Earlier this week I started looking into the possibility of cross
compiling systems with Baserock. Just to get an idea of what kind of
workload it would represent to get it up and running and to maintain
such a beast.
To this end, I took some time to refresh my memory with a buildroot
build and as I was curious to compare, I also installed a raspbian
system in QEMU to see if I could easily build the GNOME system easily
enough using virtualization.
What I have written below is a rough assessment of the work which needs
to be done to cross compile a system in general, and a rough draft of
the kinds of changes which would be appropriate for us to do it well in
This is still only a rough analysis, but I wanted to share this on the
list so others could interject, if there are other approaches to this
which make more sense, or if things are in fact simpler (or more
difficult) than I suspect, it would be great to hear your feedback in
the interest of accurately assessing what it would take to evolve
baserock into a cross-build system.
Take your time, enjoy the holiday season :)
What has to be done to cross compile a system
o Build/Have a cross compiler.
This is pretty much solved with baserock, we can easily build a
cross compiler in the early build phase.
o Build all of the required host tooling
We also need every tool which can be used by a makefile, which
starts with your regular binutils and fileutils packages and then
your interpretors for various scripting languages you may need to
run during the course of your compilation.
This host vs. target game unfortunately occurs all the way up the
stack. Whenever a module which is high up in the stack provides
some compiled program to help compile itself, or, assist in
compiling modules which depend on it; then that given module and
it's dependencies must also be built for the host arch and staged
for further cross compilation.
Examples of programs which are required during the compilation
o pkg-config is a later incarnation of an earlier construct,
where a dependency will install a binary for discovering itself
and reporting how one should compile against that specific
installation of itself, sometimes coupled with a convenience m4
macro to be used by dependent package makefiles.
While many of the previous incarnations of this have been
phased out in favor of pkg-config, some remain and need to be
compiled for the host (icu-config for instance is still in
o various tools from glib need to be compiled for the host, such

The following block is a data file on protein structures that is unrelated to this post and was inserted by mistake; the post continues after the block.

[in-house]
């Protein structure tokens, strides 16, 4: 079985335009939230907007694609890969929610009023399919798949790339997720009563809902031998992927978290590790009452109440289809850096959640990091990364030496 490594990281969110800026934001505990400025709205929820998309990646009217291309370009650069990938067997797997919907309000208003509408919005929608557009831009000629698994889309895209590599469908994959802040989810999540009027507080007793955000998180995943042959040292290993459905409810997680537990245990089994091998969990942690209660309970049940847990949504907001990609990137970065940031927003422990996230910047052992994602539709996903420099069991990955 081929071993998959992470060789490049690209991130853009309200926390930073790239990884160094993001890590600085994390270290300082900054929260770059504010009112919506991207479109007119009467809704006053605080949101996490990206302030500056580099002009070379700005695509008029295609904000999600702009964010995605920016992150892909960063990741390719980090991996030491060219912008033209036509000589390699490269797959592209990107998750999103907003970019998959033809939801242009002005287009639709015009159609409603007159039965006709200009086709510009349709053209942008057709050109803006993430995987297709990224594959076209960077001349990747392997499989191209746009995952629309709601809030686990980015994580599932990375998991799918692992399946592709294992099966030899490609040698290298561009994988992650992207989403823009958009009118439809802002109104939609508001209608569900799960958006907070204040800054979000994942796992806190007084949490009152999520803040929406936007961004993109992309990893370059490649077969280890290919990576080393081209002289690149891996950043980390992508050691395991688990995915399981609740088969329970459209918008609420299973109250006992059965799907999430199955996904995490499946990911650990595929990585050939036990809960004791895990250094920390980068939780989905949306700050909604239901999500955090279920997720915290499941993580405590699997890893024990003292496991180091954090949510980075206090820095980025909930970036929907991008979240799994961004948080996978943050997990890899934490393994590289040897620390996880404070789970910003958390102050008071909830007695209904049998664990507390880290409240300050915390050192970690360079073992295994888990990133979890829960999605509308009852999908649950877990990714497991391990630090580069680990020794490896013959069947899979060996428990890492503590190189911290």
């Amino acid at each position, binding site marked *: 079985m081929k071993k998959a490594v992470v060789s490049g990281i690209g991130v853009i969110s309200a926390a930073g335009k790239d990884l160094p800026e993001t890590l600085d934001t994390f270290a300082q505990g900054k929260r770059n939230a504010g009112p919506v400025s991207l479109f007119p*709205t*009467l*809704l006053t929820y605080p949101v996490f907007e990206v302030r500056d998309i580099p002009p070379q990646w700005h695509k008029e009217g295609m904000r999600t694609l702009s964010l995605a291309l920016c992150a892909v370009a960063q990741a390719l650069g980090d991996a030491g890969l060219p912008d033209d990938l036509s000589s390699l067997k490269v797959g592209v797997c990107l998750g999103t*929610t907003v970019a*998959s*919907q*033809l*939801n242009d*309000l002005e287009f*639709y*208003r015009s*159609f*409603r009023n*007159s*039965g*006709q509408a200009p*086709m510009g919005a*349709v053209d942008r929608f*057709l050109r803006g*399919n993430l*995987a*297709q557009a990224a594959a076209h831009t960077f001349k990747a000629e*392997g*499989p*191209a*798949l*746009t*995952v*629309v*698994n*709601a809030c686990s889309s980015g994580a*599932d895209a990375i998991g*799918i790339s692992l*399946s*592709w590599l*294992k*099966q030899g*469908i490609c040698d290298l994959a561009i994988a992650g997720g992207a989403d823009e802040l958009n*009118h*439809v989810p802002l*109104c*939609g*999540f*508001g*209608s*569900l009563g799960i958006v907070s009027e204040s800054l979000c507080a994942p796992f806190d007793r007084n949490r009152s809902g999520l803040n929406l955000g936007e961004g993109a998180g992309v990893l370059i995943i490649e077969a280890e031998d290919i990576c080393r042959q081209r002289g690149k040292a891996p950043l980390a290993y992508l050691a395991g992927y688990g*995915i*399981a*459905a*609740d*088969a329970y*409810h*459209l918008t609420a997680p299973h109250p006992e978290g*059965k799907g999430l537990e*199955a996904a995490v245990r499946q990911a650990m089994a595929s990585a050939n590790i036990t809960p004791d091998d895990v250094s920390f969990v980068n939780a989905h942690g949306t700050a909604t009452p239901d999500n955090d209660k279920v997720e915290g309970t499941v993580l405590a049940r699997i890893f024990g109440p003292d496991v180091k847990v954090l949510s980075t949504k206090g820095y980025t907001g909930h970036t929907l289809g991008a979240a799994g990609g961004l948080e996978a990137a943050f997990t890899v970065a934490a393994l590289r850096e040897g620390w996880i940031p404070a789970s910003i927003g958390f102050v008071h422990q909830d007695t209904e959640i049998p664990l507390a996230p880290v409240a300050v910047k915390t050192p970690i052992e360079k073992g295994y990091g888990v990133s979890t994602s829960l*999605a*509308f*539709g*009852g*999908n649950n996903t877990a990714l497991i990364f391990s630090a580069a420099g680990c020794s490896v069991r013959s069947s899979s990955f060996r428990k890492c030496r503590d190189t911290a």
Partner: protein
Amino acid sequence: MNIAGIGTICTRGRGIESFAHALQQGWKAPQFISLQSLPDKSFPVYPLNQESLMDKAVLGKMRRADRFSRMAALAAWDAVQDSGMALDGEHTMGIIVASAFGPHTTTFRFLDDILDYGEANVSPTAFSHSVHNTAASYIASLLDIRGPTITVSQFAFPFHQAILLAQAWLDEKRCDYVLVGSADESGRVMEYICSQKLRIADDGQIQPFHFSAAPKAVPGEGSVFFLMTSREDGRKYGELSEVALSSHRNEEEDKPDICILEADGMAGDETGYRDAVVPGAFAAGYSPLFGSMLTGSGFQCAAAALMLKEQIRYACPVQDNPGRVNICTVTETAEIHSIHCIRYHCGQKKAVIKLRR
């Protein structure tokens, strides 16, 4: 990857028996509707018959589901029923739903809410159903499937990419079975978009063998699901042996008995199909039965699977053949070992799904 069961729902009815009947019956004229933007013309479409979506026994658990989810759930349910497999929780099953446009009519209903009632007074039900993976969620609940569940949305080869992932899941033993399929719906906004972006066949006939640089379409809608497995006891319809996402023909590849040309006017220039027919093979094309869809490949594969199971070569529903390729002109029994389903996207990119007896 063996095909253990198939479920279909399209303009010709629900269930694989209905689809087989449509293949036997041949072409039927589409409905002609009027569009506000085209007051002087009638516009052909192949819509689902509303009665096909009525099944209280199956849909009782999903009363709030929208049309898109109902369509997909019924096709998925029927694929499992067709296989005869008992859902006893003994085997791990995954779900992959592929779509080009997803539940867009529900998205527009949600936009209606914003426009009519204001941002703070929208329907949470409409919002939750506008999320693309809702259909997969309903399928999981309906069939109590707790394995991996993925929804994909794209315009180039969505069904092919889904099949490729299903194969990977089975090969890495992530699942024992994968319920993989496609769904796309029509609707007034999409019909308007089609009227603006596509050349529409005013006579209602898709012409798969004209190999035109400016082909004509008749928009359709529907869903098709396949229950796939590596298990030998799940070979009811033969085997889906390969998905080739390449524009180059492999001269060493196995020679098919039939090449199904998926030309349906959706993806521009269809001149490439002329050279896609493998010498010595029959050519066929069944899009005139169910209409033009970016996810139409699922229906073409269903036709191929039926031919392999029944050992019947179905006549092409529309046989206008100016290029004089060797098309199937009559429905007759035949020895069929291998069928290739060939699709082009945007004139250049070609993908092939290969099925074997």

as glib-mkenums, glib-genmarshal, glib-compile-resources and
o Tools for manipulating translations, like msgfmt and gettext
o Once all of the host tooling and it's dependencies are built, we
can start to consider cross compiling the set of modules we want.
At this point the question of how to approach staging and paths and
setting up the build environment arises, to which there are various
Taking buildroot as an example, they do not use any chroot and
stage all of the host builds in one location before building
everything into the target location.
Cross compiling any given module is a delicate dance of setting up
the environment correctly and providing the correct environment so
o Host tooling is prioritized in $PATH so that build scripts in
the target correctly use the tools from the host tools staging
o Host tools link to host libraries in the host staging location
when they are used, this is perhaps done by setting
o When compiling anything, the target assets are found to
assemble any product. That is to say that even though we link
our host build tools to host libraries while they run, the
built assets are assembled and linked against target libraries.
o Combat with module-local build tooling
Some modules compile programs which are code generators required
during the course of their regular compilation, if these are also
installed binaries, it is good practice to avoid using the system
installed generator as it is most probably out of date and lacks a
feature which is only implemented in the checked out source tree.
Programs like glib-genmarshal and glib-mkenums are examples of such
tooling which are built in-tree and then used later on to compile
gio from the same source tree.
This correct practice of preferring the in-tree binary is however
incorrect if we explicitly built one which can run on the host in
the hope that glib would use that one for it's own code generation.
In cases such as this; it can require custom hacks and sometimes
patches against the upstream module to force it to select the
already compiled host compatible tool.
Buildroot works around this particular case for glib 2.46 by
setting the following in the environment:
o Correcting and stripping rpaths
This may or may not be an issue (it is an edge case at best), with
current Baserock we build in a chroot and link against libraries
found in a path which will be the correct path on the final target.
So in the case where a build script forces an encoded -rpath to